Novelist Marc Acito offered a perfect elocution of National Public Radio snobbery on Thursday's All Things Considered. In defending the defensible cause of proper English, Acito equated Palinesque populism with a complete lack of respect for the intellect. Acito even sang (badly) from My Fair Lady to illustrate his point:
You see, My Fair Lady is based on George Bernard Shaw's Pygmalion and both pieces explore the ramifications of learning how to speak properly at a time when elocution was valued as a symbol of education and upward mobility. Emphasis on the was.
Listen to Franklin Delano Roosevelt say the only thing we have to fear is fear itself, and it's almost inconceivable that ordinary Americans trusted someone who sounded like Thurston Howell III from Gilligan's Island. We are now in an age when Sarah Palin speaks to a quarter of the electorate even though she talks like she's translating into Korean and back again. Even the rhetorically gifted President Obama has felt compelled to drop his G's while trying to sell health care reform.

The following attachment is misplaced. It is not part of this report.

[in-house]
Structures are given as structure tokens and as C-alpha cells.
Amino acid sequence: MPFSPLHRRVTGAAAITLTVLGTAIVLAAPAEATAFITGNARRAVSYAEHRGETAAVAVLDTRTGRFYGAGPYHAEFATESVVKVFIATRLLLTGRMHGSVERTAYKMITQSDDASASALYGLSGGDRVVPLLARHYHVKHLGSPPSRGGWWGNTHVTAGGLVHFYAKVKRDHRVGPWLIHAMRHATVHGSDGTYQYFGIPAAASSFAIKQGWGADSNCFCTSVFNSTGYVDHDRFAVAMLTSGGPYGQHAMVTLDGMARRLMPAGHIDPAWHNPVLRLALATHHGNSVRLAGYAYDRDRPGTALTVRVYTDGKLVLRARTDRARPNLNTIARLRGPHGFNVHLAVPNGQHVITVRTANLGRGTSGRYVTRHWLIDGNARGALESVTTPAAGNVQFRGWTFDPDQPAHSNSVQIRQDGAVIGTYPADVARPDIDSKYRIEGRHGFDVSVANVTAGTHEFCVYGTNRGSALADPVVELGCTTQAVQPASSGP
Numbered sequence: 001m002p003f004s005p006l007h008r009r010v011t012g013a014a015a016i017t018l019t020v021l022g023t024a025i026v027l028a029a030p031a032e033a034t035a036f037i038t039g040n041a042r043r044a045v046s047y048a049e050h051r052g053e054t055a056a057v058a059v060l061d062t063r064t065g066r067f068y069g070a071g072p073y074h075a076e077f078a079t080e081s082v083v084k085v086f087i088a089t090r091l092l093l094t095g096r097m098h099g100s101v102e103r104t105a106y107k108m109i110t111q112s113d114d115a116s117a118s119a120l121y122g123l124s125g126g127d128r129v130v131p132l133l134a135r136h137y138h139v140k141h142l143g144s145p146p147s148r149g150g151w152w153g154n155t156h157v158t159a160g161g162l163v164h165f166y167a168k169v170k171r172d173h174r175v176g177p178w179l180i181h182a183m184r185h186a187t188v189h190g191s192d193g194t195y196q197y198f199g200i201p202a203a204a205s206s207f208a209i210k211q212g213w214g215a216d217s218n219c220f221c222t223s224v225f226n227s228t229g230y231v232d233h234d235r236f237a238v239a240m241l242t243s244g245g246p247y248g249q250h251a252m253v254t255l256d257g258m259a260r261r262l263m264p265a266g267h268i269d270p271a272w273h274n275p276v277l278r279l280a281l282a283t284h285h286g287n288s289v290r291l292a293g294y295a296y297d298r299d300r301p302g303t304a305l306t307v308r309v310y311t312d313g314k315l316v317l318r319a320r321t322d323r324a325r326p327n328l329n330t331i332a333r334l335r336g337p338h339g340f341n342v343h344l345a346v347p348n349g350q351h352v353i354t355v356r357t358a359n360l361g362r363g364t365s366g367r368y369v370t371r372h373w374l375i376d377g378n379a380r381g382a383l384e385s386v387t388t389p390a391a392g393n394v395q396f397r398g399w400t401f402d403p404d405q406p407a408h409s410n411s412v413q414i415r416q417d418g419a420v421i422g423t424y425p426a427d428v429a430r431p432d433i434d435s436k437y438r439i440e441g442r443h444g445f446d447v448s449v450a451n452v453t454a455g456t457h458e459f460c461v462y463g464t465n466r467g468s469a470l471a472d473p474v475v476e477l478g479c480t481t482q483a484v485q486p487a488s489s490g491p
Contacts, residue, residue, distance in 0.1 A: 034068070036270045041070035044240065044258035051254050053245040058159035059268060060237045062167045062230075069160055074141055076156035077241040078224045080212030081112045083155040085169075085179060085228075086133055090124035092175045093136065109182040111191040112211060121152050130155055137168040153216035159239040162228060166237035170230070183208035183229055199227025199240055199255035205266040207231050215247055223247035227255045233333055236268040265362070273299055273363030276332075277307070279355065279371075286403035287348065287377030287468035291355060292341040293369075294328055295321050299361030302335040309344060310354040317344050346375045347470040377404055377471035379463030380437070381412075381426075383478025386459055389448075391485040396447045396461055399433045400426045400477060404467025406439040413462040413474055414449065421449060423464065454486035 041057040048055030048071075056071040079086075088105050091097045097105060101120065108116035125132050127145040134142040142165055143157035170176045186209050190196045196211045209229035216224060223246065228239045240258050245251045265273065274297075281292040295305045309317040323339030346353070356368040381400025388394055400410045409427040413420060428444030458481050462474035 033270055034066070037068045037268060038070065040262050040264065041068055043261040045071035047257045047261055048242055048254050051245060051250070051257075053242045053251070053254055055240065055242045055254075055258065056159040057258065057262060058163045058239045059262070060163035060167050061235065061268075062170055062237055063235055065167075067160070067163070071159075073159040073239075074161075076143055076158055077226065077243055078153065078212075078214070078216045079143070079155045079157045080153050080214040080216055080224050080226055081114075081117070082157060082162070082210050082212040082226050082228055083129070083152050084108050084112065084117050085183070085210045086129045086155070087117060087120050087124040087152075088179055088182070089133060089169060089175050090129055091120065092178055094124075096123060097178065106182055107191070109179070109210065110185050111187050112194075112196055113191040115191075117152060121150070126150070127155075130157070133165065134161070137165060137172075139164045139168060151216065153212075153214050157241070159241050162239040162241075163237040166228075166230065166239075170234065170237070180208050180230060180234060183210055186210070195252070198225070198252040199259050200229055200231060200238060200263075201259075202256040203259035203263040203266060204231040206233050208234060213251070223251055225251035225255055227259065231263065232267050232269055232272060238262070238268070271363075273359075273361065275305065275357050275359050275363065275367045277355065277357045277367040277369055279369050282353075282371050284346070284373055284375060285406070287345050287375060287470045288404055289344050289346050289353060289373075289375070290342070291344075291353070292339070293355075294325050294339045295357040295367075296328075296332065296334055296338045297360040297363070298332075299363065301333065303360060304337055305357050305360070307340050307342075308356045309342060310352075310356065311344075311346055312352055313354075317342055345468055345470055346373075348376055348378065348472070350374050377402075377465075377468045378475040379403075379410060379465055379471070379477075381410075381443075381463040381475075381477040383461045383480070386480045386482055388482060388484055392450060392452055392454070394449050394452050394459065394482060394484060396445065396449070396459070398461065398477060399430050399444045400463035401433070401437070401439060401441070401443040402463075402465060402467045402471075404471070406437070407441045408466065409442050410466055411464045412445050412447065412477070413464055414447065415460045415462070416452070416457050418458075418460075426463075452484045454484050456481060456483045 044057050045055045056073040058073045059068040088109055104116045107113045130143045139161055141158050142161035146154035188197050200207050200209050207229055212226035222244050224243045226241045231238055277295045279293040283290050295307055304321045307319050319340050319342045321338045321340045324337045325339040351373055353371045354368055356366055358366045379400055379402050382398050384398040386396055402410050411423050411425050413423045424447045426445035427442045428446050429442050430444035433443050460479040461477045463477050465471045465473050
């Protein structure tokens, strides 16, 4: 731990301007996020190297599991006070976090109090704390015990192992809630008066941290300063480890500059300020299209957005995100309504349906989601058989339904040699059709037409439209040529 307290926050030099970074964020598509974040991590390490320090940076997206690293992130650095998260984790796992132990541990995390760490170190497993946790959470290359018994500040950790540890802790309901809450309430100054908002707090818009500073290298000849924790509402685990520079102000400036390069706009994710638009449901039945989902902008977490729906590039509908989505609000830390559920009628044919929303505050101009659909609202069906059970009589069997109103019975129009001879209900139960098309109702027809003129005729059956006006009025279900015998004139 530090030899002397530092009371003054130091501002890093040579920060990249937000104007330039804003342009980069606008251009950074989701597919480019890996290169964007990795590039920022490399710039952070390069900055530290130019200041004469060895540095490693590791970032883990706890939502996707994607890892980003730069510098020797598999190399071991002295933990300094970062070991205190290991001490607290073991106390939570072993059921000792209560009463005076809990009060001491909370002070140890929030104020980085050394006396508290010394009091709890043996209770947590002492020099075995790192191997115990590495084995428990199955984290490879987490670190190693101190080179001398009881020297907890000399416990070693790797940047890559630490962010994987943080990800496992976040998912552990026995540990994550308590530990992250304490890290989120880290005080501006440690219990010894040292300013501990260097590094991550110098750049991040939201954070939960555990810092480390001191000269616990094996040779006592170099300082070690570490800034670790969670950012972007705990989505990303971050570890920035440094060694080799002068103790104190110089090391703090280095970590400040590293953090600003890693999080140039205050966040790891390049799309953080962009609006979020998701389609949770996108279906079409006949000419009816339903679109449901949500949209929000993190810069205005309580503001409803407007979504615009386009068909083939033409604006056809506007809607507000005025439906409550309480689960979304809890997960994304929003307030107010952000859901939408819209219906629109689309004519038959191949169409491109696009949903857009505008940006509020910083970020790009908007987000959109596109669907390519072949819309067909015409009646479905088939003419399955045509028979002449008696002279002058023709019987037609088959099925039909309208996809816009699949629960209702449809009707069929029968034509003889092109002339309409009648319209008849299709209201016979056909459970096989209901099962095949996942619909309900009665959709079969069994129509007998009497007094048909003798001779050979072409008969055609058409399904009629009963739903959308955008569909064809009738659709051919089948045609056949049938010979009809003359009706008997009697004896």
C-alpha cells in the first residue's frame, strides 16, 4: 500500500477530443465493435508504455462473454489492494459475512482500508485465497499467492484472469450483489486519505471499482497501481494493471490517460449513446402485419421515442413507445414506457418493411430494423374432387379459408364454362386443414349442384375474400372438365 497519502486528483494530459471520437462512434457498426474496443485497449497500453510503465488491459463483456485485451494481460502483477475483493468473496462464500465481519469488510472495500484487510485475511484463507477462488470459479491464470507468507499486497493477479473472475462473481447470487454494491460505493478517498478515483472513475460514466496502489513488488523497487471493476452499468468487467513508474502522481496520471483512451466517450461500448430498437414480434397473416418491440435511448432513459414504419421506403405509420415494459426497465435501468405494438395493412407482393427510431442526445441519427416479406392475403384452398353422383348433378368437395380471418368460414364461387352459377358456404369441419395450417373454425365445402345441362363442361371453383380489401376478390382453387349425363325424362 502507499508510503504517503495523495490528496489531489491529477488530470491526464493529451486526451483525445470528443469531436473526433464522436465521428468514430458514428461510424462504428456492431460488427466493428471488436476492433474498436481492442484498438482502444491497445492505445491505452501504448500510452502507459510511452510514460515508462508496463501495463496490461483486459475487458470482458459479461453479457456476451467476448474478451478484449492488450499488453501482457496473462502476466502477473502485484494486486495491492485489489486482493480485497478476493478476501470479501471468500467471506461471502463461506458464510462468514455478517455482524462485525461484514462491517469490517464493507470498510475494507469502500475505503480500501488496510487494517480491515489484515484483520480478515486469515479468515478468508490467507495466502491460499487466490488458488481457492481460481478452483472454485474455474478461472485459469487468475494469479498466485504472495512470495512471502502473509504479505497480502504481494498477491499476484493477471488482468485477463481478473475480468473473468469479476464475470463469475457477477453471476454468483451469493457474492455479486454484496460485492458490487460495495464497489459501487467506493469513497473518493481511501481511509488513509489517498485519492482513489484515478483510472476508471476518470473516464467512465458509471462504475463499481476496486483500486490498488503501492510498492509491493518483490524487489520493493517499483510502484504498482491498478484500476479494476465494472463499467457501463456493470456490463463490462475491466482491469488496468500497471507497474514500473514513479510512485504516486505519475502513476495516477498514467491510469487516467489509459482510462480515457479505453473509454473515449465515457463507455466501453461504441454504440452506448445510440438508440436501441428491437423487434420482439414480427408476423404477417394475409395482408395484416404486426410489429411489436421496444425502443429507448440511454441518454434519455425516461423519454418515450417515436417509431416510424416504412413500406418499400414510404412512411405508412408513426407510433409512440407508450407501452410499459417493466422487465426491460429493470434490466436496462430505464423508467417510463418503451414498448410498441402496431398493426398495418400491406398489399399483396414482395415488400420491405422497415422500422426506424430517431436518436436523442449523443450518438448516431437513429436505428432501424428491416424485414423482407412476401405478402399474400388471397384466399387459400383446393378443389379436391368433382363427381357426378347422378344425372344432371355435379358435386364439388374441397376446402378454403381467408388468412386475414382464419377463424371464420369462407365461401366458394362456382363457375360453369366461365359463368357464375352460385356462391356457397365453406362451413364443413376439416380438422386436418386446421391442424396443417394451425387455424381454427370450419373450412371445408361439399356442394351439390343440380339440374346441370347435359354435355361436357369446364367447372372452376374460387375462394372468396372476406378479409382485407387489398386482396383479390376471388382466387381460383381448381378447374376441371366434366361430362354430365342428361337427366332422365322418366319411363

I myself have heard college graduates say things like, me and him hung out, because apparently, he and I sounds pretentious. Well, me thinks you just sound stupid.
Nowadays, sounding folksy has become more important than sounding educated. As Eliza's teacher Henry Higgins says: Use proper English, you're regarded as a freak. But our country's biggest competitors are learning proper English and, judging from all the Indian call centers, learning it quite well. Our country was built by people striving to move up, not dumb down. So, on this Eliza Doolittle Day, perhaps we should all take a moment to think before we speak.
Sarah Palin may sound folksy, and she certainly drops G's, but she hardly sounds like she's mangling a Korean translation. And perhaps she speaks to more than a "quarter of the electorate" when the McCain-Palin ticket won 46 percent of the vote.